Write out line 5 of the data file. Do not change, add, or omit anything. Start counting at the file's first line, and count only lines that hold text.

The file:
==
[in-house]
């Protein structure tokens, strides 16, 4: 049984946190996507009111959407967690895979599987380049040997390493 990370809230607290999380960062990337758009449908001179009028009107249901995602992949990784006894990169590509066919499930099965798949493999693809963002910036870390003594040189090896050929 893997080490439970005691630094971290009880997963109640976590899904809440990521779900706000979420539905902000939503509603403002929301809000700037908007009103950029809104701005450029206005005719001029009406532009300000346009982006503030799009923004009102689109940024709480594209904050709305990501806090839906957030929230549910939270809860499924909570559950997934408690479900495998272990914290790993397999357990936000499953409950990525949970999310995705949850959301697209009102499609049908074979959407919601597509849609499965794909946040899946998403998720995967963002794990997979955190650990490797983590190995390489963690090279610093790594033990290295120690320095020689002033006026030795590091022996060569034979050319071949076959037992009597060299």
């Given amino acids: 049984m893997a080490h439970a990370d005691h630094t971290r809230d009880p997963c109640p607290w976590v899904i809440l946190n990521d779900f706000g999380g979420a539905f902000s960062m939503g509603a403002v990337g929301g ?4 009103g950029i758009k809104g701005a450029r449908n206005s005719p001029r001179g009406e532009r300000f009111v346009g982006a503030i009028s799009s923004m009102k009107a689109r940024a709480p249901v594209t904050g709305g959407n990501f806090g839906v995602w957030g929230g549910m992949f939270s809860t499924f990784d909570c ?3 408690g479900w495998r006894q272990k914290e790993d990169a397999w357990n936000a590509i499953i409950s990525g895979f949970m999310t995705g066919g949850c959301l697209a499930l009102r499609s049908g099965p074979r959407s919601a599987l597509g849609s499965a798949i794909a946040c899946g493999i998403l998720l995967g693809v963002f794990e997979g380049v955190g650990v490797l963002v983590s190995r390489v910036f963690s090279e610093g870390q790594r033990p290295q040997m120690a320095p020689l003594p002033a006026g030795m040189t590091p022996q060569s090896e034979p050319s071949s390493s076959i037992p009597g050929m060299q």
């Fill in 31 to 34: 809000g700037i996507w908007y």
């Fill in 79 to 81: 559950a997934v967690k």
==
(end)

């Fill in 79 to 81: 559950a997934v967690k």